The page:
Judge Richard Posner — who’s arguably America’s most famous judge after the Supreme Court justices and Judge Judy — made the admission in his recent book and in an interview with HuffPost Live. Posner now concedes that laws like Indiana’s that require government-issued IDs to vote are tools to keep poor minorities (who might not have IDs) away from the polls.
Here’s what he wrote in his book, courtesy of the Daily Beast:
I plead guilty to having written the majority opinion (affirmed by the Supreme Court) upholding Indiana’s requirement that prospective voters prove their identity with a photo ID — a law now widely regarded as a means of voter suppression rather than fraud prevention.
There are two elements to the debate over Judge Posner’s admission that he’s “guilty” of writing the Indiana voter ID opinion for the U.S. Court of Appeals for the 7th Circuit in 2007.
First, people wonder why Judge Posner couldn’t understand back in 2007 that Republicans liked to enact voter ID laws to disenfranchise likely Democrats. A second critique is that judges shouldn’t go around publicly renouncing their old opinions.
To the first point, Judge Posner told The New York Times last week that the outcome of the Indiana voter ID case shows that judges often “aren’t given the facts that they need to make a sound decision.” Posner also said the judges didn’t have “the information” necessary to strike a good balance between preventing fraud and protecting voters’ rights. This comment irked Paul Smith, a partner at Jenner & Block who represented the plaintiffs fighting the voter ID law.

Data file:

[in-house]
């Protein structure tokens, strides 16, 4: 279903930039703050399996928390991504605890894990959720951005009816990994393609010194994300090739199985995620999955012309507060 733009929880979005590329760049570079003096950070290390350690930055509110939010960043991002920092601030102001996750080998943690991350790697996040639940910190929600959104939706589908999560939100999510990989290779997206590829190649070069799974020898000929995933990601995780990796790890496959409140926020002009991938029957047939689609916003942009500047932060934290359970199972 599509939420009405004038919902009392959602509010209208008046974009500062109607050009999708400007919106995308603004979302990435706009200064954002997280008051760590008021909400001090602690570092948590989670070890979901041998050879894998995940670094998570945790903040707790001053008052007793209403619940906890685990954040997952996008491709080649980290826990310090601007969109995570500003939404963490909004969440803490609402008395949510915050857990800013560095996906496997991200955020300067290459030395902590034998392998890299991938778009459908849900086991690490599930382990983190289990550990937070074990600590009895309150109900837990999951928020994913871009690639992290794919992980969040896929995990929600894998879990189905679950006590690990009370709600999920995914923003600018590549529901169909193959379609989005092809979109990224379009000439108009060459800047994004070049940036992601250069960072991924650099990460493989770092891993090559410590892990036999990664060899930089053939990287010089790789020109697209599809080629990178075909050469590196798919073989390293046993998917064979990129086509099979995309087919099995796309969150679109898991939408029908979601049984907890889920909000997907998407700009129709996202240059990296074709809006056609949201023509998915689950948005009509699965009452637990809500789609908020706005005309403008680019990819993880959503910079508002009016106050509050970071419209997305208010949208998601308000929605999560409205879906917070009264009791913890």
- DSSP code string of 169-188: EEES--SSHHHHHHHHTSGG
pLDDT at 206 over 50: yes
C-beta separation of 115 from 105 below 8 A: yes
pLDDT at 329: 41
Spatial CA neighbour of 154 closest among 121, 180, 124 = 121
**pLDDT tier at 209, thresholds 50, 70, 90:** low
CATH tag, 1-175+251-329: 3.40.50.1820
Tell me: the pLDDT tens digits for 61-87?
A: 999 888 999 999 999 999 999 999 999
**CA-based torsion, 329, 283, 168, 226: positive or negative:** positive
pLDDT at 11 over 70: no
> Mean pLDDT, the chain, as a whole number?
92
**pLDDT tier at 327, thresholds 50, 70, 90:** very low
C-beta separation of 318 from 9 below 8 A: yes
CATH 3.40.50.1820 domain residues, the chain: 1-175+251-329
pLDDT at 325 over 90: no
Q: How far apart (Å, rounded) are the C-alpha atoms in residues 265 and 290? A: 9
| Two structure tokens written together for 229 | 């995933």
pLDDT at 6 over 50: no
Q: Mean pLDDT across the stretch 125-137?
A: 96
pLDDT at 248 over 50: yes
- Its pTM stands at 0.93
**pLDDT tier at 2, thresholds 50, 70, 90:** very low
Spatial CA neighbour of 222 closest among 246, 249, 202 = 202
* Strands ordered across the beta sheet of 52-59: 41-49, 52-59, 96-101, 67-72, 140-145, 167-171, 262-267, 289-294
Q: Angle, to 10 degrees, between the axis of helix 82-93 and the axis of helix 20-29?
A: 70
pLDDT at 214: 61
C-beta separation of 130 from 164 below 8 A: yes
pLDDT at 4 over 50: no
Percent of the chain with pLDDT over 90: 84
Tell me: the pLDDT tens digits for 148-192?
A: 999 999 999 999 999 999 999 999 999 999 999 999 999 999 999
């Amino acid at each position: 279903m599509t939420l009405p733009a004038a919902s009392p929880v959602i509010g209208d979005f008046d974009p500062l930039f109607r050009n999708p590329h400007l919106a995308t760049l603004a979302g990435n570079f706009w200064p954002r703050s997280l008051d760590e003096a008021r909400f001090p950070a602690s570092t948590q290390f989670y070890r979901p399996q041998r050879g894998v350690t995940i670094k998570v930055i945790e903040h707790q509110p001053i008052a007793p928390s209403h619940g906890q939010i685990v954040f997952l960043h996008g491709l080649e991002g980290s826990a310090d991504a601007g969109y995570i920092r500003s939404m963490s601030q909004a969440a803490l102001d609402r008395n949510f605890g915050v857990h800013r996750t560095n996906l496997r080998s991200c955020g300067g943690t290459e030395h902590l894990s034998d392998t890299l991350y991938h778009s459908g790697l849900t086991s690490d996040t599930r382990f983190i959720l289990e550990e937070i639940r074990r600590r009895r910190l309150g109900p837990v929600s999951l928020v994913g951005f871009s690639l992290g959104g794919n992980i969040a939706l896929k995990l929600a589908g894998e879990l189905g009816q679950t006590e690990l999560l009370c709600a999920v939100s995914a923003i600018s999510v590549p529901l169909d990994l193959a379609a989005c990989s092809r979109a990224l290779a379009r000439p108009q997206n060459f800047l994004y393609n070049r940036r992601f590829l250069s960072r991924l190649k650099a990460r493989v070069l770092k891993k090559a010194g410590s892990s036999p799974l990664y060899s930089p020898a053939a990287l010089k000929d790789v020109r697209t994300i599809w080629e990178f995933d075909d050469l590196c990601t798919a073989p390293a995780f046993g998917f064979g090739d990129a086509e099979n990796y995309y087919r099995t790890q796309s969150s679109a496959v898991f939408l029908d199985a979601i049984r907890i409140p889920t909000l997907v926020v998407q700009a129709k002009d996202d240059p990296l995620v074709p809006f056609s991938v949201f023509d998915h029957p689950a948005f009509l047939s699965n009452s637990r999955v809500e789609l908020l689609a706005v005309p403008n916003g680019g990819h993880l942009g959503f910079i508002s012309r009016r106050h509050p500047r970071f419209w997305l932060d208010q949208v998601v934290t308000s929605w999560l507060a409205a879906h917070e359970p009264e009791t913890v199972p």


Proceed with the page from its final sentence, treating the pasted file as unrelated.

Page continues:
“The information provided was enough for the late Judge Terence Evans, dissenting from Judge Posner’s decision, to say quite accurately: “Let’s not beat around the bush: The Indiana voter photo ID law is a not-too-thinly-veiled attempt to discourage election-day turnout by folks believed to skew Democratic,” Smith wrote in a blog post.
Writing for the Washington Post, Yale Law grad Charles Lane attacked the very fact that Judge Posner was publicly apologizing for an opinion he wrote — especially such a political one. Judges shouldn’t “engage in the hurly-burly of political argument,” Lane wrote.
“It fosters the impression, corrosive to the rule of law, that there is no difference between a judicial process and a legislative one,” Lane wrote.
This column struck a chord with another federal judge: Richard Kopf, who blogs at Hercules and the Umpire.
“While I sure as hell don’t compare myself to Judge Posner in any form or fashion, I would appreciate it if readers would review Mr. Lane’s piece about Judge Posner’s penchant for being public and apply Lane’s critique to this blog,”Judge Kopf wrote this week.
For his part, Judge Posner didn’t seem too bothered by Lane’s criticism. Judges shouldn’t be “bashful” about stepping forward and admitting their mistakes, Posner told Lane. University of California at Irvine law professor Richard Hasen has also made this point, applauding Posner’s decision in a column in the Daily Beast.
“Judge Posner now is ready to err on the side of enfranchisement,” he wrote. “That’s a good change.”
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